It’s a pretty safe assumption that not many players divide opinion like Sean Avery.
Is he a legitimate offensive threat? Is he a threat to the safety of the opposition or is he just a threat to his own team? This coming season is one of transition for the Rangers and despite the likelihood of minimal change to personnel (at least to start the season) it’s not clear where the ‘Grate one’ fits.
Without debate Avery can provide a unique dynamic to the Rangers and when he’s on he’s a valuable tool that a lot of sides cannot deal with. Avery has a healthy scoring total of 96 points in 144 games for the Rangers over parts of four seasons. That equates to a 54 point season if you crudely looked for an average and we all know about the famously banded-about stats of the Rangers with Avery in the line up and Avery out of the line up during his first run on Broadway. The way Avery arrived in New York in ‘07 (scoring 20 points in 29 games) showed what he can do offensively. The way he drove Martin Brodeur to despair in the playoffs showed what he can do antagonistically. So why could Avery not do it for Tortorella? Offensively, last year was a poor one for Avery scoring just 0.44 points per game compared to his Rangers average of 0.66 p/g. Too often he played what seemed timidly and this is a direct consequence of fearing the coaches’ backlash. Too often we didn’t see the abrasive element of his game and this badly affected the Rangers. However we also saw how valuable he can be to the Rangers. In the game 82 decider in Philly – with both Avery and Callahan missing – the Rangers simply couldn’t establish a fore-check, get sustained pressure in the Flyers end and therefore allowed the Flyers the chance to bombard Lundqvist and the Rangers. If it wasn’t for the heroics of the ‘King’ the game would have been over much earlier than it was. Avery’s presence in that game (assuming he was in ‘Avery-mode’) would have helped.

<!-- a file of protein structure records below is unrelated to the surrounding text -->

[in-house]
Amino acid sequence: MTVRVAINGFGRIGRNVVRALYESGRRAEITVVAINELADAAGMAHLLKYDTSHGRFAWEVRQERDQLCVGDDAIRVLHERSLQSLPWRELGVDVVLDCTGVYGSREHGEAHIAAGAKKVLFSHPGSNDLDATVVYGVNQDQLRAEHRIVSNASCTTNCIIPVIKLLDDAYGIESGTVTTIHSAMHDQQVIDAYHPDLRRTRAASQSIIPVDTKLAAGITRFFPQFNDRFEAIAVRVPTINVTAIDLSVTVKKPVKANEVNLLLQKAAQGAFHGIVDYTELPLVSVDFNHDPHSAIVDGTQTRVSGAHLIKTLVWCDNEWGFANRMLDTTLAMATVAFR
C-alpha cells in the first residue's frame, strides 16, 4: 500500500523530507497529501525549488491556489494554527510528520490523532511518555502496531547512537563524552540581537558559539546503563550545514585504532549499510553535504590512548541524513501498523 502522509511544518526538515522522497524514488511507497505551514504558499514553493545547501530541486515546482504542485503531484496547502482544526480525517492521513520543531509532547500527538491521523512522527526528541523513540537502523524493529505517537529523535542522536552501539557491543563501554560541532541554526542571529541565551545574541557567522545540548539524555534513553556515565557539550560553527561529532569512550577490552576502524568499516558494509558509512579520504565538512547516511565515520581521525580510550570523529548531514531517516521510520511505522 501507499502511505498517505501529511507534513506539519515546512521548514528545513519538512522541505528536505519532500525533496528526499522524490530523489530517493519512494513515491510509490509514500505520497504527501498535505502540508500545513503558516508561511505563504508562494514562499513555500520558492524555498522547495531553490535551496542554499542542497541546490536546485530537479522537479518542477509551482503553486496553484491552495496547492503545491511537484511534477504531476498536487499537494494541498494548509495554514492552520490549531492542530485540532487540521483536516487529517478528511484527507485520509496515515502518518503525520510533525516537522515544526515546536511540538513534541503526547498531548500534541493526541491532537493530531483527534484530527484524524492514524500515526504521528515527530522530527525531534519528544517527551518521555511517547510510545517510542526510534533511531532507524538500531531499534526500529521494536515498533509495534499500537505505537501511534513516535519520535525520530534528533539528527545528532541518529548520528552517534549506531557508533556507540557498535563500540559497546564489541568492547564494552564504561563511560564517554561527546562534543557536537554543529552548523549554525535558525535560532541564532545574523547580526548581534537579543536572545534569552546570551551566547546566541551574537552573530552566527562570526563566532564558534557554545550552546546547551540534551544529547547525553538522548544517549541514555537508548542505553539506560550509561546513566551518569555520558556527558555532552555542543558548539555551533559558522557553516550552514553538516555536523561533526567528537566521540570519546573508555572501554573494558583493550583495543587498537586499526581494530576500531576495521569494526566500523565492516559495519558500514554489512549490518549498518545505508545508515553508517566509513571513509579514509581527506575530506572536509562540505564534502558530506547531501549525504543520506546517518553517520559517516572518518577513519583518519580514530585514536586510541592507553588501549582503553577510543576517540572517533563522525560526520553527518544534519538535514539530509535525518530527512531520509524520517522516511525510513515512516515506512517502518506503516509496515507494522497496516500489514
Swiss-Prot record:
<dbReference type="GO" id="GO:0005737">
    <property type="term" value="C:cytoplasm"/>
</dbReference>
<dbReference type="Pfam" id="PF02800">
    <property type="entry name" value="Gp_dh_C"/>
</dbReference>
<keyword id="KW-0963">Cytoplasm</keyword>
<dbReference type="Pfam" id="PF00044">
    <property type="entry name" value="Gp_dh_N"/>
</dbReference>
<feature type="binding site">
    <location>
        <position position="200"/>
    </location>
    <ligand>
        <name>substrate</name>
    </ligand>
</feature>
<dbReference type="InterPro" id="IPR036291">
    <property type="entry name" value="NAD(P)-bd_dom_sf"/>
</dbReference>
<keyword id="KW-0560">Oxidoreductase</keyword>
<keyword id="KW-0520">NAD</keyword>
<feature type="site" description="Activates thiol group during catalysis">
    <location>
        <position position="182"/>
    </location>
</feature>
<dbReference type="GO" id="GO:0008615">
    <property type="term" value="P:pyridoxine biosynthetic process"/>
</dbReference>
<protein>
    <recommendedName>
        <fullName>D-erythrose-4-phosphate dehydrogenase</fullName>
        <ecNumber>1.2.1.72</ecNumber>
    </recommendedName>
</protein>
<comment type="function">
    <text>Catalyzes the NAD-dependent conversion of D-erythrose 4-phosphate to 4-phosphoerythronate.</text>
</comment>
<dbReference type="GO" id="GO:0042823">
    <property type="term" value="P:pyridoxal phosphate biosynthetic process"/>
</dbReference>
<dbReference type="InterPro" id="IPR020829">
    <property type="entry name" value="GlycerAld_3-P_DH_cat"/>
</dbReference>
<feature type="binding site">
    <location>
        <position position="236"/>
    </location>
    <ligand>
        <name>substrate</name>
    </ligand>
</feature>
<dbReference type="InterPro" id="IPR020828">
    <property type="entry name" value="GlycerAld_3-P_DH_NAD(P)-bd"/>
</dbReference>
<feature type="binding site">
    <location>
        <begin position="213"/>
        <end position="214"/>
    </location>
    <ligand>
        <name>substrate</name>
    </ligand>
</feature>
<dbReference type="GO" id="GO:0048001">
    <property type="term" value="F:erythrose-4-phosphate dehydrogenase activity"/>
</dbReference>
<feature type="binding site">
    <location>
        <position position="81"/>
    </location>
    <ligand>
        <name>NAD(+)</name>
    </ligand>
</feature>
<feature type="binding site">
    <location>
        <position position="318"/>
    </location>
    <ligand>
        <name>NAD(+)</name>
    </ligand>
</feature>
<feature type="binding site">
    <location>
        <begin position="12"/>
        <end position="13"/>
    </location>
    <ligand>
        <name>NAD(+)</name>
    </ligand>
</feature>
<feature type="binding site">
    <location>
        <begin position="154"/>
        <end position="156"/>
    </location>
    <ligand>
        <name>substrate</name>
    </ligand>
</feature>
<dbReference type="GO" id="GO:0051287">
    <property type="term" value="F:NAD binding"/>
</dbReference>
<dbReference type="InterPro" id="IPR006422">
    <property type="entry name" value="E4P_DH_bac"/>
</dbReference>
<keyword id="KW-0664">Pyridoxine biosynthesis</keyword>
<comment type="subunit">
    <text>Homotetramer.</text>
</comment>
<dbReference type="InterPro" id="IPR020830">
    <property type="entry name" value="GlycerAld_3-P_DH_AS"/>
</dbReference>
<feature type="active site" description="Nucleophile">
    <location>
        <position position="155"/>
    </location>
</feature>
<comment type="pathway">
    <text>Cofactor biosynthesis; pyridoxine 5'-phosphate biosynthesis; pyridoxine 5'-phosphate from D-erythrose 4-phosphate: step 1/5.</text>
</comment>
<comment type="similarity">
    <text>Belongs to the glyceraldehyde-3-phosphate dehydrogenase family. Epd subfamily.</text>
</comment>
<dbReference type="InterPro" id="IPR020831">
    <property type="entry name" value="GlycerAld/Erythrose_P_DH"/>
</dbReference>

I’ve said before that this upcoming season is a critical one for Tortorella as a head coach. The lustre of a Stanley Cup only lasts so long, and if Tortorella fails in NY this season he’ll be in the damaged goods section of NHL coaches. He won’t just stroll into another job so putting up with Pierre McGuire in the TSN studio may be his best bet – Urgh. Sean Avery could be the X factor for Tortorella. He may be the player that can get the Rangers and the coach’s path on the right track. It is in Tortorella’s interests to get the best out of Avery; get him on ‘the edge’, getting him driving to the net, get him drawing penalties and get his personality overflowing on the ice. You don’t have to like Avery you just need to appreciate what he can bring.
So assume Torts recognises the need for a full dose of Avery, where does he slot him in? I think Avery needs solid minutes to be effective. He needs a while to get opponents ‘attention’ and then he needs time to capitalize on it. 9-10 minutes a night just won’t cut it. It’s this reason why Avery needs a top 6 role. He needs 15+ minutes a game. Avery has proved he can contribute offensively and is by no means a liability on a scoring line. Once there, he brings his unique brand to the party which should allow for space and time for his line mates. Depending on where Torts plans on using Brandon Dubinsky I’d like to see Avery on his line; a line featuring decent size, skill and a genuine willingness to work the corners. Throw Ryan Callahan on the other wing and you have a fore checking line that is an offensive threat. Will Torts recognize this? I sure hope so.
(Is it a coincidence a post on Avery amounted to 666 words? Maybe, maybe not…..)